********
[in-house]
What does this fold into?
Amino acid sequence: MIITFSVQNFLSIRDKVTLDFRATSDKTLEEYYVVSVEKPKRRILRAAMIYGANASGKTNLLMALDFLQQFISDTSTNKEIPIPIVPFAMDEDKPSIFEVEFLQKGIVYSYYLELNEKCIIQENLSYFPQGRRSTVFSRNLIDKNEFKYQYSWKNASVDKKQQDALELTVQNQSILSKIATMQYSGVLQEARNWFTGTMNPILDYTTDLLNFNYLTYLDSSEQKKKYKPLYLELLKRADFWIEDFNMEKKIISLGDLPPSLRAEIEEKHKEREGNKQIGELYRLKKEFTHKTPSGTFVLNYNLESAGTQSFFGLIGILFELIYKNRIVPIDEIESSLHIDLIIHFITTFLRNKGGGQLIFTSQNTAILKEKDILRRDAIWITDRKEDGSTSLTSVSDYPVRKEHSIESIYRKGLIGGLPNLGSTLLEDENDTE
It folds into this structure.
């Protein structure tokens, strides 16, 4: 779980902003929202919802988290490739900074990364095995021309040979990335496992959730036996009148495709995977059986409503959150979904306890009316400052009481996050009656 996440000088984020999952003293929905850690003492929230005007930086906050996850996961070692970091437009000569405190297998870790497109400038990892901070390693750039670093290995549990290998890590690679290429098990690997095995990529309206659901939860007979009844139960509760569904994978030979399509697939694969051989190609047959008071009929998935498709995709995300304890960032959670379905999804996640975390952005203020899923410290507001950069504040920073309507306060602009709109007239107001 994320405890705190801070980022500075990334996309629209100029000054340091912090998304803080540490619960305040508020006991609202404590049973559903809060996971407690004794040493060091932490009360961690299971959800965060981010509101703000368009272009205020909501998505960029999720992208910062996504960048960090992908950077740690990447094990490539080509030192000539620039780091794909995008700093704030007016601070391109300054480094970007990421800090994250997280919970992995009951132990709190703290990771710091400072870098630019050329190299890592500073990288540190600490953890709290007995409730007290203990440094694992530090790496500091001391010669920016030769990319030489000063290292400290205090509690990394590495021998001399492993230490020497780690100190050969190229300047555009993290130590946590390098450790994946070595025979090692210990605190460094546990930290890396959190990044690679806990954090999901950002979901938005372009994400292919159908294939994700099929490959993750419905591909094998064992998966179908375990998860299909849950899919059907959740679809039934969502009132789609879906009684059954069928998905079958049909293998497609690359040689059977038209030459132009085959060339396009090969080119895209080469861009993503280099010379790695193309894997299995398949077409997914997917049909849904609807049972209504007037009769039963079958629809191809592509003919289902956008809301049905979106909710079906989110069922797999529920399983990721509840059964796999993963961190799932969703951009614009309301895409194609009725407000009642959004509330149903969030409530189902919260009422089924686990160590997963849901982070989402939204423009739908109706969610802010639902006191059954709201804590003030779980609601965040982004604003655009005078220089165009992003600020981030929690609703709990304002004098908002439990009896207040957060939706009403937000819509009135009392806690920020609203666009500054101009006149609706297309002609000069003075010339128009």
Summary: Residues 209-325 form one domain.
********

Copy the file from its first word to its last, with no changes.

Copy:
[in-house]
What does this fold into?
Amino acid sequence: MIITFSVQNFLSIRDKVTLDFRATSDKTLEEYYVVSVEKPKRRILRAAMIYGANASGKTNLLMALDFLQQFISDTSTNKEIPIPIVPFAMDEDKPSIFEVEFLQKGIVYSYYLELNEKCIIQENLSYFPQGRRSTVFSRNLIDKNEFKYQYSWKNASVDKKQQDALELTVQNQSILSKIATMQYSGVLQEARNWFTGTMNPILDYTTDLLNFNYLTYLDSSEQKKKYKPLYLELLKRADFWIEDFNMEKKIISLGDLPPSLRAEIEEKHKEREGNKQIGELYRLKKEFTHKTPSGTFVLNYNLESAGTQSFFGLIGILFELIYKNRIVPIDEIESSLHIDLIIHFITTFLRNKGGGQLIFTSQNTAILKEKDILRRDAIWITDRKEDGSTSLTSVSDYPVRKEHSIESIYRKGLIGGLPNLGSTLLEDENDTE
It folds into this structure.
């Protein structure tokens, strides 16, 4: 779980902003929202919802988290490739900074990364095995021309040979990335496992959730036996009148495709995977059986409503959150979904306890009316400052009481996050009656 996440000088984020999952003293929905850690003492929230005007930086906050996850996961070692970091437009000569405190297998870790497109400038990892901070390693750039670093290995549990290998890590690679290429098990690997095995990529309206659901939860007979009844139960509760569904994978030979399509697939694969051989190609047959008071009929998935498709995709995300304890960032959670379905999804996640975390952005203020899923410290507001950069504040920073309507306060602009709109007239107001 994320405890705190801070980022500075990334996309629209100029000054340091912090998304803080540490619960305040508020006991609202404590049973559903809060996971407690004794040493060091932490009360961690299971959800965060981010509101703000368009272009205020909501998505960029999720992208910062996504960048960090992908950077740690990447094990490539080509030192000539620039780091794909995008700093704030007016601070391109300054480094970007990421800090994250997280919970992995009951132990709190703290990771710091400072870098630019050329190299890592500073990288540190600490953890709290007995409730007290203990440094694992530090790496500091001391010669920016030769990319030489000063290292400290205090509690990394590495021998001399492993230490020497780690100190050969190229300047555009993290130590946590390098450790994946070595025979090692210990605190460094546990930290890396959190990044690679806990954090999901950002979901938005372009994400292919159908294939994700099929490959993750419905591909094998064992998966179908375990998860299909849950899919059907959740679809039934969502009132789609879906009684059954069928998905079958049909293998497609690359040689059977038209030459132009085959060339396009090969080119895209080469861009993503280099010379790695193309894997299995398949077409997914997917049909849904609807049972209504007037009769039963079958629809191809592509003919289902956008809301049905979106909710079906989110069922797999529920399983990721509840059964796999993963961190799932969703951009614009309301895409194609009725407000009642959004509330149903969030409530189902919260009422089924686990160590997963849901982070989402939204423009739908109706969610802010639902006191059954709201804590003030779980609601965040982004604003655009005078220089165009992003600020981030929690609703709990304002004098908002439990009896207040957060939706009403937000819509009135009392806690920020609203666009500054101009006149609706297309002609000069003075010339128009």
Summary: Residues 209-325 form one domain.